In order to understand how oxidized LDL can be attributed as one of the major factors of atherosclerosis, we have to take a look of how exactly it is conducted. Studies dove into this and found that LDLs modification is undertaken by endothelial cells thus the transformation entailing an oxidation process seems to be interiorized and slowly built up avidly by macrophages, leading to the formation of foam cells, and even though it is important to be said that these cells could also be produced from macrophages internalizing native LDLs from the medium through micro pinocytosis, or even by the accumulation of aggregated LDLs or LDL immune complexes. Furthermore, it would appear that studies conducted reported Oxidized LDLs possessing a wide variety of biological properties considered to promote atherosclerosis. One of which is the fact that Oxidized LDLs promote the development of collagen by smooth muscle cells thus leading to the lining of the atherosclerotic plaque in the fibrous cap and the expansion of the lesion scale. Having said that it is important to note that oxidized LDLs could also have an impact in the promotion of fibrous cap thinning, and thus smooth muscle cell apoptosis. In doing so these facts promote the occurrence of vulnerable plaques more susceptible to atherosclerosis.
Furthermore, apoptosis of vascular cells is promoted by the cytotoxicity of oxidized LDL towards vascular cells with the subsequent release in the subendothelial space of lipids and lysosomal enzymes thus speeding up the development of the atherosclerotic plaque. Moreover, it would appear that Oxidized LDLs are essential for the production of macrophages while at the same time hindering their regress from the arterial wall thus making oxidized LDL is key for the activation and development of monocytes as well as macrophages within the arterial wall. Finally, another study reported that it would appear that oxidized LDL may have an integral role in vasoconstriction by inhibiting nitric oxide and increasing endothelin production.
It would appear through the conduction of several types of research on this topic that antioxidants have been identified as having an integral role of the prevention of oxidation of LDL. It would appear that in doing so antioxidants seem to hinder the progress and development of atherosclerosis. A study reported that antioxidants tend to decrease atherosclerotic lesion formation and even decrease LDL oxidation. Antioxidants decrease Oxidative stress which is a result of the imbalance between the heavy accumulation of reactive oxygen species and limited antioxidant defenses. Two of the key regulators of vascular health are endothelium and nitric oxide. In order to examine the effects of antioxidants in this regard, we have to look at where antioxidants are taken from on day to day basis. Antioxidants are found both within our diet as well is in the form of supplements and individual ones can have different effects. It would appear that a high intake of Vitamin E which seems to lower the frequency of clinical events as well as mortality when it comes to heart disease.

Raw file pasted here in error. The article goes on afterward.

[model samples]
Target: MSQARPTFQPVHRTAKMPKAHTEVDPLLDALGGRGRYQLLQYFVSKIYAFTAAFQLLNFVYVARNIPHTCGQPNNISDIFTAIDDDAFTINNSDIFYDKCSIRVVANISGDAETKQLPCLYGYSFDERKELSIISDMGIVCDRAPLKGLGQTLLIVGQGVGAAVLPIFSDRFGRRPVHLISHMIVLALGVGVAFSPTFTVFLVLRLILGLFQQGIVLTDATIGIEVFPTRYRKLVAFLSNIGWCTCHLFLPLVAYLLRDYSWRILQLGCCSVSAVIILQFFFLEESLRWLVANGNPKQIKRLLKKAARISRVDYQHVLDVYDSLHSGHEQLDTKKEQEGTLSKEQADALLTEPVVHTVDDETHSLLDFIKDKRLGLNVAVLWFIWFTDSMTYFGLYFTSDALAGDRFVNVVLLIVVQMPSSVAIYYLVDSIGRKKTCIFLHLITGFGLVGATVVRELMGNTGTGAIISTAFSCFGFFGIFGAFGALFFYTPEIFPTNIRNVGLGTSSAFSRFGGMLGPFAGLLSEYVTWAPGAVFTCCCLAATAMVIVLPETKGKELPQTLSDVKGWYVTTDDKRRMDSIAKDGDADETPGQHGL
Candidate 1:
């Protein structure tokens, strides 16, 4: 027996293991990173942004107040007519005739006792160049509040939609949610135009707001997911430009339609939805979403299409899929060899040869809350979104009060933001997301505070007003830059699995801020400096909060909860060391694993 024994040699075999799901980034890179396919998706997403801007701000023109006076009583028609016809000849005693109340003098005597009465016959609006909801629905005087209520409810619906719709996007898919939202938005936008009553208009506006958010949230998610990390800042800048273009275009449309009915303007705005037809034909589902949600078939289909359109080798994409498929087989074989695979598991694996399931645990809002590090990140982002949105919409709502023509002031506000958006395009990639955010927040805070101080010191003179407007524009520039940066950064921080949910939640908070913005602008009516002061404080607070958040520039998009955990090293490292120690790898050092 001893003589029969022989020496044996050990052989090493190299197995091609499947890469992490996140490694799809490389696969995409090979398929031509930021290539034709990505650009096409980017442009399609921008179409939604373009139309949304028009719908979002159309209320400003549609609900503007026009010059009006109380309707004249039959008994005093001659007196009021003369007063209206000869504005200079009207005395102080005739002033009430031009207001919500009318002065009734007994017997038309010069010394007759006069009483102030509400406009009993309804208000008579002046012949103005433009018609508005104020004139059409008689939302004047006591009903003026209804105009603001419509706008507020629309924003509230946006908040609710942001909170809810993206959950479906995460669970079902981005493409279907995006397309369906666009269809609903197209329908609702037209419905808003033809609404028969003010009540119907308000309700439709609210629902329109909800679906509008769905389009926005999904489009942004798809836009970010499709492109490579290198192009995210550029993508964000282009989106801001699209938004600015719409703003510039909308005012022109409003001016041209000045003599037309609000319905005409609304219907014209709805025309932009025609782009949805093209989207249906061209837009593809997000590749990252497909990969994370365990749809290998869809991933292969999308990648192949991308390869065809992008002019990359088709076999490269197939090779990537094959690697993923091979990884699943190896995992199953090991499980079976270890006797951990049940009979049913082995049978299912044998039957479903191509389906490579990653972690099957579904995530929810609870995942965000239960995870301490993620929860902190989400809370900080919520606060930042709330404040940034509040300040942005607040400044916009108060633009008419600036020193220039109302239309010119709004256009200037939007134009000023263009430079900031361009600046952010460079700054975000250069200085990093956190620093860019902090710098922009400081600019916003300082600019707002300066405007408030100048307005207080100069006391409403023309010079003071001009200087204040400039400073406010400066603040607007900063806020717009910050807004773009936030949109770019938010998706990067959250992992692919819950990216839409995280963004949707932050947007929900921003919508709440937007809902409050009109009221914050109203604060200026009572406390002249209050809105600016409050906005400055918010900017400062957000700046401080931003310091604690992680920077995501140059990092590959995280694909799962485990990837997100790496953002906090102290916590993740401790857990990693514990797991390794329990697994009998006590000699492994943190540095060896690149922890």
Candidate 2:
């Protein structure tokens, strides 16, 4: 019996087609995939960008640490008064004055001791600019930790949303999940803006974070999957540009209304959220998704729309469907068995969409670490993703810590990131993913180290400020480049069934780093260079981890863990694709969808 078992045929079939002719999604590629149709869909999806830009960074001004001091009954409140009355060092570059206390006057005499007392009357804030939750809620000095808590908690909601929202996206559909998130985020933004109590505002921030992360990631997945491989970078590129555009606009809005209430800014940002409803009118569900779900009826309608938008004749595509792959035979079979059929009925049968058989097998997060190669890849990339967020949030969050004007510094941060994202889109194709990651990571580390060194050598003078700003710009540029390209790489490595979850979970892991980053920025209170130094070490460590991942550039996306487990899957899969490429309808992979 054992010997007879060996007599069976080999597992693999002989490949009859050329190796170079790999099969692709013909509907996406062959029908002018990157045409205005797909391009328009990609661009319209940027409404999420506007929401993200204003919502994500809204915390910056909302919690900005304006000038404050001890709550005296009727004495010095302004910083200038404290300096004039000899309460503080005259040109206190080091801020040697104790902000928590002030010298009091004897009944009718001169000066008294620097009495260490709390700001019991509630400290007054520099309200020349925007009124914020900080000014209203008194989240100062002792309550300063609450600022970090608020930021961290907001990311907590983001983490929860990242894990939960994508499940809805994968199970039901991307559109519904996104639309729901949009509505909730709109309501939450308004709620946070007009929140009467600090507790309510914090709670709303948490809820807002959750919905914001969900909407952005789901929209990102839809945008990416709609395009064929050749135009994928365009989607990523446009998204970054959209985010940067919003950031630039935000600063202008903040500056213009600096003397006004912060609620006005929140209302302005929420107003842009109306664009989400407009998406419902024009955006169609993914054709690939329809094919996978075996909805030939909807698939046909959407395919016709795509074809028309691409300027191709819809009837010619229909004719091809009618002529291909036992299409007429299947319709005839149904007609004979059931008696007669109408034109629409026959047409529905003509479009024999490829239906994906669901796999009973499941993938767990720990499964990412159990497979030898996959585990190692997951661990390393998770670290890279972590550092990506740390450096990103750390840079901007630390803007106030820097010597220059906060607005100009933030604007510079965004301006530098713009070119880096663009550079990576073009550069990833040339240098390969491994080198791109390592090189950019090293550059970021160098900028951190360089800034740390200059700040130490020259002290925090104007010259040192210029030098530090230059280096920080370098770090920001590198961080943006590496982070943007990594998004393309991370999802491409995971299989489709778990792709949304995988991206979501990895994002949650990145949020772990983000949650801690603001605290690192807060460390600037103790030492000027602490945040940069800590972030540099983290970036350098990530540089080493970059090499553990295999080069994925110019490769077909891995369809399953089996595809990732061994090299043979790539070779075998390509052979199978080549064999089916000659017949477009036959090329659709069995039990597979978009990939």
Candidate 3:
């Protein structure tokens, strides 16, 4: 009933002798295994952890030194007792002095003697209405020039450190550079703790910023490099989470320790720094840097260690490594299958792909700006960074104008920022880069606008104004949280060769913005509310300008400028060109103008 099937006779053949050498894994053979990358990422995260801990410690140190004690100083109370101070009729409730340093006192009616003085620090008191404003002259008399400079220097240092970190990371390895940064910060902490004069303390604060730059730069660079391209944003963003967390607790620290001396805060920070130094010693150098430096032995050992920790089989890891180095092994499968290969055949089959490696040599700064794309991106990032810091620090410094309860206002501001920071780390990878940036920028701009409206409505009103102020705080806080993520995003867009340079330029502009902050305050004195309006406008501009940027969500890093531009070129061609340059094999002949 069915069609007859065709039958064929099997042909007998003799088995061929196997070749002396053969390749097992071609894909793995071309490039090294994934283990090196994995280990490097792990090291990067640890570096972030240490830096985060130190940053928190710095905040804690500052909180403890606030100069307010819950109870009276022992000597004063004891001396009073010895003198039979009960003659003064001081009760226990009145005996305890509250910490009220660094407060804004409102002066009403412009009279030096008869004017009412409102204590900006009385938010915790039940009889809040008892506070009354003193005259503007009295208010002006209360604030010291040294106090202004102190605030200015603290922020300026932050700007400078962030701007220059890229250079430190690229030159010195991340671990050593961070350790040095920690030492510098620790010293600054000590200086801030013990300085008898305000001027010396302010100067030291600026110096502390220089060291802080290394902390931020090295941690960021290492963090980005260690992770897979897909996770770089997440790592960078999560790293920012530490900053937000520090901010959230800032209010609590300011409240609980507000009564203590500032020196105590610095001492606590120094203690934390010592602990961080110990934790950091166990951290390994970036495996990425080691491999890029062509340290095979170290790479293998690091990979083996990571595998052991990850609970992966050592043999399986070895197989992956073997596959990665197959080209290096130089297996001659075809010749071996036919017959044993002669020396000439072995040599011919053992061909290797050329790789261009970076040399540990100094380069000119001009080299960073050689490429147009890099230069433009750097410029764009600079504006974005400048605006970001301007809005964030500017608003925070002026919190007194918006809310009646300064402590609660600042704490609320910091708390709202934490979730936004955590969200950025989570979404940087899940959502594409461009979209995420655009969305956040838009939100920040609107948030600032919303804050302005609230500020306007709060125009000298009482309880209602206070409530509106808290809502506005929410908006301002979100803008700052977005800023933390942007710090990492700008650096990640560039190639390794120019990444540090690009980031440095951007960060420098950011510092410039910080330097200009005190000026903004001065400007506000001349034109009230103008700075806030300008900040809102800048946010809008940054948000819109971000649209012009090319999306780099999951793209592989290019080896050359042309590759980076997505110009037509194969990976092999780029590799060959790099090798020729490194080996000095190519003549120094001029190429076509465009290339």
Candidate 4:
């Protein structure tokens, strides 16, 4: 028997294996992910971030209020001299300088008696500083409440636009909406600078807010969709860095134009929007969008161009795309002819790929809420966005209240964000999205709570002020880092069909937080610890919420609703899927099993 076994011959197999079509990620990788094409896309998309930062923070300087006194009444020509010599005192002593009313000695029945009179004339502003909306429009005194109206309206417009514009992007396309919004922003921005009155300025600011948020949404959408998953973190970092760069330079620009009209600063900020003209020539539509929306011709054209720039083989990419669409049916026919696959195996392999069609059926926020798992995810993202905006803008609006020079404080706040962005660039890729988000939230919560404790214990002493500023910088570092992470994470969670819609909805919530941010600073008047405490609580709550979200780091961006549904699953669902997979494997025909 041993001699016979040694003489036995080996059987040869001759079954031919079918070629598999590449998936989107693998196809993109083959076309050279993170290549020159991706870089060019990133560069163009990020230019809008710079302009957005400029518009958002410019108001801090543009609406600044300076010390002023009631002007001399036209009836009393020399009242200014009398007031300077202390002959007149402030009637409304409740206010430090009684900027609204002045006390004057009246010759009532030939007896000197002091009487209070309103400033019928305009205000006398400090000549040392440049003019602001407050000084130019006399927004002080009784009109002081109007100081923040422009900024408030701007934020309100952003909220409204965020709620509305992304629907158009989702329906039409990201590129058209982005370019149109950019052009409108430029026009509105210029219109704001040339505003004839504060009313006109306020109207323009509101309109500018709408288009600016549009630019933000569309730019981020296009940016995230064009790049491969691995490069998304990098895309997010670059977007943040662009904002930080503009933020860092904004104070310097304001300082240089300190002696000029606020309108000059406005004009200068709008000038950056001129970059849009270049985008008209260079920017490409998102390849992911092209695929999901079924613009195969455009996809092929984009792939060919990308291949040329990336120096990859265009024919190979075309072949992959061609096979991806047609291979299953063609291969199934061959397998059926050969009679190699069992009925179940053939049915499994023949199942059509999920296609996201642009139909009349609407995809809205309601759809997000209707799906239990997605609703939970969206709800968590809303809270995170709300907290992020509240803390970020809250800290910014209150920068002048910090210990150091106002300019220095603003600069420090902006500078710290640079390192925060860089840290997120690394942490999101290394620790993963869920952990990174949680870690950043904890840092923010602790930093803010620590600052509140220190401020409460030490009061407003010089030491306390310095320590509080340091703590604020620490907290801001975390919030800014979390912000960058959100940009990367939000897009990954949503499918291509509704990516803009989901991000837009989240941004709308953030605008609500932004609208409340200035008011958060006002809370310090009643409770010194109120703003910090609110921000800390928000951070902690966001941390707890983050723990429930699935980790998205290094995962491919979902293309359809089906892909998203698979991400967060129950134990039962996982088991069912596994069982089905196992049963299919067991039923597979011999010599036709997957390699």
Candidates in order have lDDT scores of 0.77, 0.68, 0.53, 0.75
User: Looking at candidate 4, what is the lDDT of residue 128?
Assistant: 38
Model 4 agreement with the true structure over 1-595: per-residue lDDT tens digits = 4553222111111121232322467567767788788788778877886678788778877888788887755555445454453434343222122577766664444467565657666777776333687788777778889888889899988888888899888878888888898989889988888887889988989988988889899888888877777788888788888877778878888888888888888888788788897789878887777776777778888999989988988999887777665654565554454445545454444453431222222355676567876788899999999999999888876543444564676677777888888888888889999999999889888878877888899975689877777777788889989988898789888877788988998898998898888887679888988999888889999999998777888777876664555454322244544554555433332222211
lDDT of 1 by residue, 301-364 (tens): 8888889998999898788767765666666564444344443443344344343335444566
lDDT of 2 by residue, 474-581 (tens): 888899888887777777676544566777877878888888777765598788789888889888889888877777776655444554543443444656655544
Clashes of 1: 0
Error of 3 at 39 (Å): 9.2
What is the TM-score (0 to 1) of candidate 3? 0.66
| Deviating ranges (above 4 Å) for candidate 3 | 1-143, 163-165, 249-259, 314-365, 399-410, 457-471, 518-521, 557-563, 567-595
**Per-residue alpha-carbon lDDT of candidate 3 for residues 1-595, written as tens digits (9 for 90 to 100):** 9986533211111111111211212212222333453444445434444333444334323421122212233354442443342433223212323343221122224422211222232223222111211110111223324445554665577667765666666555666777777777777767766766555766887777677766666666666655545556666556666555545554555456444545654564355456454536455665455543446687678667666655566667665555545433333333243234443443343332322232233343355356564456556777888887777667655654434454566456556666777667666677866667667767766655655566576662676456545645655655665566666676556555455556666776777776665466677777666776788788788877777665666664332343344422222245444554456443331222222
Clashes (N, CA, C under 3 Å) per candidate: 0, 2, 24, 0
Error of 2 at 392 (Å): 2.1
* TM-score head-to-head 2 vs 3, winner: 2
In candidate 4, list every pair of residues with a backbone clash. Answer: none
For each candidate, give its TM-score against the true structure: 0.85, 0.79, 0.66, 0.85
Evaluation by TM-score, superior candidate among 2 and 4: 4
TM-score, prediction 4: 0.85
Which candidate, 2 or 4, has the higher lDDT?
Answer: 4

While probucol which is a supplement antioxidant though debatable has shown positive results when it comes to atherosclerosis as it would appear that some studies have claimed that it can inhibit the blockage of arteries and furthermore though not as well supported in research can reverse the effect of hardening of the arteries. It would appear that there is a high debate when it comes to the effect of carotenoids to atherosclerosis with one study reporting that a large amount of carotenoids may be protective against early atherosclerosis while others stating there is no effect in terms of atherosclerosis. Finally, we have flavonoids which have been shown to decrease oxidative stress and thus prevention of cardiovascular disease. They are able to modulate metabolism-related genes, protect of stress, drug-metabolizing enzymes, and detoxify and transport proteins. Having said that it would appear that its overall role is beneficial in overcoming adverse effects of cardiovascular risk factors and in preventing atherosclerosis. Overall it would appear that antioxidants can have an effect on the oxidization of LDL and thus potentially the progress and development of atherosclerosis while it is important to note that more research is to be conducted in order to reach a thorough conclusive verdict when it comes to their overall effect on atherosclerosis.